I don’t necessarily disagree with the Washington Post Editorial Board’s position on the inappropriateness of calling James Rosen a potential co-conspirator in the unlawful disclosure of classified information, but I don’t appreciate them mischaracterizing the DOJ’s position. Contrary to the Post‘s assertions, the DOJ did not tell the judge that Rosen merely asked for information and used flattery to obtain it. They pointed out that Rosen concocted a plan to make covert communications possible, including the use pseudonyms, pseudonymous email accounts, and secret symbols.
Within the insular Beltway, it’s considered preposterous that James Rosen might have been spying against his own government, especially on behalf of North Korea. And I think it is probably preposterous. I don’t think Rosen’s lame and ineffectual attempts at spy-craft indicate any sophisticated training, nor do I think they are especially unusual methods for reporters who work on national security.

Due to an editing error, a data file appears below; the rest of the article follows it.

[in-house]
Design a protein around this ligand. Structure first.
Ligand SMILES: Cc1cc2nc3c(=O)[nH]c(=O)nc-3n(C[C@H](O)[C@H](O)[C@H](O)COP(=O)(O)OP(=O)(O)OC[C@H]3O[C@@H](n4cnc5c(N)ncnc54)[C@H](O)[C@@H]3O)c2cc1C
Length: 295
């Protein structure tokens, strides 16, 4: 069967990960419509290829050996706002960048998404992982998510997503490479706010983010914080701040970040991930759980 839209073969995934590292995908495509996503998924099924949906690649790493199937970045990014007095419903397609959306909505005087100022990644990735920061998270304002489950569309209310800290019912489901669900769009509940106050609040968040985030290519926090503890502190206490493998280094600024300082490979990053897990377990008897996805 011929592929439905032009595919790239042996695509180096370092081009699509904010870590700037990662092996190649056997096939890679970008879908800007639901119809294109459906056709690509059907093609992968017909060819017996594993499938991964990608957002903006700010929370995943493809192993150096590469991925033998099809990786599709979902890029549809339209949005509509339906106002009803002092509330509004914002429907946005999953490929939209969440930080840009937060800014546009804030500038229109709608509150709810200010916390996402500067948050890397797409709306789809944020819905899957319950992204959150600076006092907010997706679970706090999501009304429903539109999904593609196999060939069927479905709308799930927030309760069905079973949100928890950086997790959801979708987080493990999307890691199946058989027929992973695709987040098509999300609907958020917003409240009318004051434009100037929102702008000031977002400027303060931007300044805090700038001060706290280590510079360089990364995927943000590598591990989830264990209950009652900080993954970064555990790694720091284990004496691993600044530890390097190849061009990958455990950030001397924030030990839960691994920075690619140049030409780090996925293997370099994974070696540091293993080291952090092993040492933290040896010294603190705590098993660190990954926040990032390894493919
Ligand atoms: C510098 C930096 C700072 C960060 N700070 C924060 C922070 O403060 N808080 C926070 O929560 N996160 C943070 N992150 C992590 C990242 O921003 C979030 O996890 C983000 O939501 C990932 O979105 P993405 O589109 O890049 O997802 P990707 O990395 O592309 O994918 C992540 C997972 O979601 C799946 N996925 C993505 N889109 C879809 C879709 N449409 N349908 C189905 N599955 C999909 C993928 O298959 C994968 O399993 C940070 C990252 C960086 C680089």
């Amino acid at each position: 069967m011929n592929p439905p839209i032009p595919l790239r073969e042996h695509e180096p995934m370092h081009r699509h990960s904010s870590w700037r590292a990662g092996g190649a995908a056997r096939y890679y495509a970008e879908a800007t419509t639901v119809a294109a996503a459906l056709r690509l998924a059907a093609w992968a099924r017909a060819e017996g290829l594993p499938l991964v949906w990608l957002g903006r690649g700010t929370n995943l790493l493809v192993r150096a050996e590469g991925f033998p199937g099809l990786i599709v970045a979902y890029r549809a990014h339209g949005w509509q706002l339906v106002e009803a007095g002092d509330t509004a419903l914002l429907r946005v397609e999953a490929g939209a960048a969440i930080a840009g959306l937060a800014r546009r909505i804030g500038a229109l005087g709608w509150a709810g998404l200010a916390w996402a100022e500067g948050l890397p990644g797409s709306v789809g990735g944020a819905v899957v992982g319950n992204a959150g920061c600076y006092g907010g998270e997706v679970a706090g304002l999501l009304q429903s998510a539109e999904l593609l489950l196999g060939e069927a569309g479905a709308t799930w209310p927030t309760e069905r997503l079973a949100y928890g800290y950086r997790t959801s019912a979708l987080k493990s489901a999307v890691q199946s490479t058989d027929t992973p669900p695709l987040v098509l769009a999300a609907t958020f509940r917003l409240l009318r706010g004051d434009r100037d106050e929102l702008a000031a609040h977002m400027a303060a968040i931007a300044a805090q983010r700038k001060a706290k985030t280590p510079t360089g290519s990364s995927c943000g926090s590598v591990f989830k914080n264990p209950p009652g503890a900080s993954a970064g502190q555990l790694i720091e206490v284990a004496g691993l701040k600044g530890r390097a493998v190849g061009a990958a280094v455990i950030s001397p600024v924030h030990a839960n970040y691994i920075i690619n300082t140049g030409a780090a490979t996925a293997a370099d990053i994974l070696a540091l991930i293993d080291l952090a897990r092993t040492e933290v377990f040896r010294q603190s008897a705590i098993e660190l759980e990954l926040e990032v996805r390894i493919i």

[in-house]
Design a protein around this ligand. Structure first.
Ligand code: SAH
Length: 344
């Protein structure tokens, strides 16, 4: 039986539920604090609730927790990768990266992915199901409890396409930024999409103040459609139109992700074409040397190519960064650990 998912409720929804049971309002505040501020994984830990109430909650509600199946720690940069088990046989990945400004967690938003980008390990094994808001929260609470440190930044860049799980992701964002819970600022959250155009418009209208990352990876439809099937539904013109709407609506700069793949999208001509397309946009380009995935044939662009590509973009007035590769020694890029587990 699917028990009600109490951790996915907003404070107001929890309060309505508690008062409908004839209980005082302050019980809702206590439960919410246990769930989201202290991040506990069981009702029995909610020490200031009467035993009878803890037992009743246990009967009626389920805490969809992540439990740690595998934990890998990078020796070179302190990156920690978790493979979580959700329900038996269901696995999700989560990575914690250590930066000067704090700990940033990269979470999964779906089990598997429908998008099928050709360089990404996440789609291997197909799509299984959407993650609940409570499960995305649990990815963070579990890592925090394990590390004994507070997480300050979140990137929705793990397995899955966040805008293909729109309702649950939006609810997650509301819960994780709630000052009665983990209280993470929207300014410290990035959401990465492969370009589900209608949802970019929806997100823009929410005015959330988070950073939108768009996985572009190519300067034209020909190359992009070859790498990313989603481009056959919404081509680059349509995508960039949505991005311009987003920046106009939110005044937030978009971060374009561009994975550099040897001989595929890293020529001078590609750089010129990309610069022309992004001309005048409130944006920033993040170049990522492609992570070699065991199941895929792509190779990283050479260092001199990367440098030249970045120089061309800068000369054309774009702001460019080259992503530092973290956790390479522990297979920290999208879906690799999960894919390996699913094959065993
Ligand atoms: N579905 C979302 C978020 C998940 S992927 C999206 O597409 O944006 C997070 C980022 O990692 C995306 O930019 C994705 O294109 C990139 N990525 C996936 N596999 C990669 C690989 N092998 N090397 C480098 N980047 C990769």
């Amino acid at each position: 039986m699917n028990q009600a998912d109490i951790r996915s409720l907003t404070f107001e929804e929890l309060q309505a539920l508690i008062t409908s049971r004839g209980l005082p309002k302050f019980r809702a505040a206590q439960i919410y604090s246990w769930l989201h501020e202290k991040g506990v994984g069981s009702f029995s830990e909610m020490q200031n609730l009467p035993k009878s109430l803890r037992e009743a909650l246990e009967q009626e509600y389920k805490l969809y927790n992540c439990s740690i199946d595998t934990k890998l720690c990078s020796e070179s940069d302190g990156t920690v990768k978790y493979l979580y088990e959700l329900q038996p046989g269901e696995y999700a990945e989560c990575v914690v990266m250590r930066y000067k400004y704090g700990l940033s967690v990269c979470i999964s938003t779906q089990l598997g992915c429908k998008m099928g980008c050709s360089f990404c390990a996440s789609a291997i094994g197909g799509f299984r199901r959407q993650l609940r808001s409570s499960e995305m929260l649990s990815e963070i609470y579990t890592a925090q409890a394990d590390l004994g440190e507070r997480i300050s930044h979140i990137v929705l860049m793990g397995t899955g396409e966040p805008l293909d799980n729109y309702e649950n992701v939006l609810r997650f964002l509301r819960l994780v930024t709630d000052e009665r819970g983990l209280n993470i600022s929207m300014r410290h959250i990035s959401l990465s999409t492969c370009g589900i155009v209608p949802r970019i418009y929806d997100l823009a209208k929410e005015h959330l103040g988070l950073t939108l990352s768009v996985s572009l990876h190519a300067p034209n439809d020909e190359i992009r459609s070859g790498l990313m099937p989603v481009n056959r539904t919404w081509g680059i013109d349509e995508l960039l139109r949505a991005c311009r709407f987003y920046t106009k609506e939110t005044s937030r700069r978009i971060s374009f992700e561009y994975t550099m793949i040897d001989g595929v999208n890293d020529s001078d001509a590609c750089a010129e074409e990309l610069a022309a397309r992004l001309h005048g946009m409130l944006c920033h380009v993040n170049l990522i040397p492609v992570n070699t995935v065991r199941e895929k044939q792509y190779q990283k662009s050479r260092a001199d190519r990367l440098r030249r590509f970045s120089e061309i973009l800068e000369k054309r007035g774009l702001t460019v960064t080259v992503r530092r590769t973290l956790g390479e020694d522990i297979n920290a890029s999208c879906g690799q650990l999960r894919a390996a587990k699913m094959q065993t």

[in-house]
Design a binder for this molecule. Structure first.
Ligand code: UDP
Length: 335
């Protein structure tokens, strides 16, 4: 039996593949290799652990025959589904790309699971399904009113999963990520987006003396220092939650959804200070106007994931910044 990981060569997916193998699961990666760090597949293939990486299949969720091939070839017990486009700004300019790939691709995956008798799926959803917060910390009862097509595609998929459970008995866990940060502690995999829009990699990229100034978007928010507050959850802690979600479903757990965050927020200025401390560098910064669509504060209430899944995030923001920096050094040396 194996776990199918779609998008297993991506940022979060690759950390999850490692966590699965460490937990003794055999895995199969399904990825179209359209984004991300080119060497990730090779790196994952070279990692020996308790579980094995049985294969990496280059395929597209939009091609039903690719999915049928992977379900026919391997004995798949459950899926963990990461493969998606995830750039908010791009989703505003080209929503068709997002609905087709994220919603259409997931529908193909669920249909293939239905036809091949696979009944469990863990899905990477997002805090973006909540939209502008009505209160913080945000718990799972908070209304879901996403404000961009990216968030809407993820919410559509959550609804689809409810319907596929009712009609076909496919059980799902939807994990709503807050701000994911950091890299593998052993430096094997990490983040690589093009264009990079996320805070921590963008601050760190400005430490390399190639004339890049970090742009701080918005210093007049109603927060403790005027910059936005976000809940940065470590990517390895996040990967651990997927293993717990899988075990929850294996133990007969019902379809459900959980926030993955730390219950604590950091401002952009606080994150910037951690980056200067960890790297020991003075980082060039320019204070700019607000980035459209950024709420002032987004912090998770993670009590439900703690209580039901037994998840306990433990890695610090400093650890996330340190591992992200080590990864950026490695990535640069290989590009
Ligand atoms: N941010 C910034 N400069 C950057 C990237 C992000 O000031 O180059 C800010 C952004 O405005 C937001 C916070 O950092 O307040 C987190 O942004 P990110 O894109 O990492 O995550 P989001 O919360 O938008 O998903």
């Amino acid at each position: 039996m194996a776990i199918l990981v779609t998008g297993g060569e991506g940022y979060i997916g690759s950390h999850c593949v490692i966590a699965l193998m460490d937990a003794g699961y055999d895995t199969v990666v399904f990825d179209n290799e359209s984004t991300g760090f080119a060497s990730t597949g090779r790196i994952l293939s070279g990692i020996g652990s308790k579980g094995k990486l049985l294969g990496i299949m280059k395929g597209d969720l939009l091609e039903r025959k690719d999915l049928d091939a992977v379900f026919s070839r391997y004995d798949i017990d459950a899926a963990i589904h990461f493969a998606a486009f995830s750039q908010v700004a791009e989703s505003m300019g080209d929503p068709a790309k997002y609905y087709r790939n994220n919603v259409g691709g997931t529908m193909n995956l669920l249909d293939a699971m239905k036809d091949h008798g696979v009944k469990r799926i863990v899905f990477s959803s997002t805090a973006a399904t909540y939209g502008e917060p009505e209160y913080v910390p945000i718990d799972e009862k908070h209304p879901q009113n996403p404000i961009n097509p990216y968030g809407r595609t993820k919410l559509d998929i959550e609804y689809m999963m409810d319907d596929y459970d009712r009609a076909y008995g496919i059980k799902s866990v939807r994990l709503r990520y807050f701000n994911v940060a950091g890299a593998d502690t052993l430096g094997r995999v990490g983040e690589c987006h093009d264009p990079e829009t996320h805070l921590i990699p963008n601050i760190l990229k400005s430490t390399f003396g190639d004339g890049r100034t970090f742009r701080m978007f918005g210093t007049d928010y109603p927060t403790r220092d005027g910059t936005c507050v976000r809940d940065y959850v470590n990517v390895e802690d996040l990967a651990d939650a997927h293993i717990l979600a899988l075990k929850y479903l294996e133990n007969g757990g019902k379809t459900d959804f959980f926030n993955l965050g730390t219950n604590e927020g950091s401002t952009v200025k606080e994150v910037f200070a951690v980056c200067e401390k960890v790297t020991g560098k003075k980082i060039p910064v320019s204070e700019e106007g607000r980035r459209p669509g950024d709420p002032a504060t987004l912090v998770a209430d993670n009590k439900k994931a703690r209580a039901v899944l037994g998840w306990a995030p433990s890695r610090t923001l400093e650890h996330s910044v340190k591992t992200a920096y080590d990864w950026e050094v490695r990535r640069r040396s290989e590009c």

However, we should at least take this case into the realm of the hypothetical. Since intelligence agencies prefer to use reporters as official cover in many cases, and since reporters who work on national security are prime recruitment opportunities, our counterespionage people have to take into account the possibility that a leak is not just a leak. When they uncover a reporter engaging in spy-craft in order to manipulate a source and to conceal their tracks, they need to investigate.
Just because a reporter seems like a known quantity, if the damage from the leak is significant enough and the reporting is irresponsible enough, the FBI pretty much has to take a look at it.
So, basically, the Washington Post just made me less likely to agree with them because they didn’t seem to understand what the actual stakes were. Just because James Rosen isn’t a North Korean intelligence asset (or the dupe of one) doesn’t mean that he isn’t stupid enough to do just as much damage as if he were.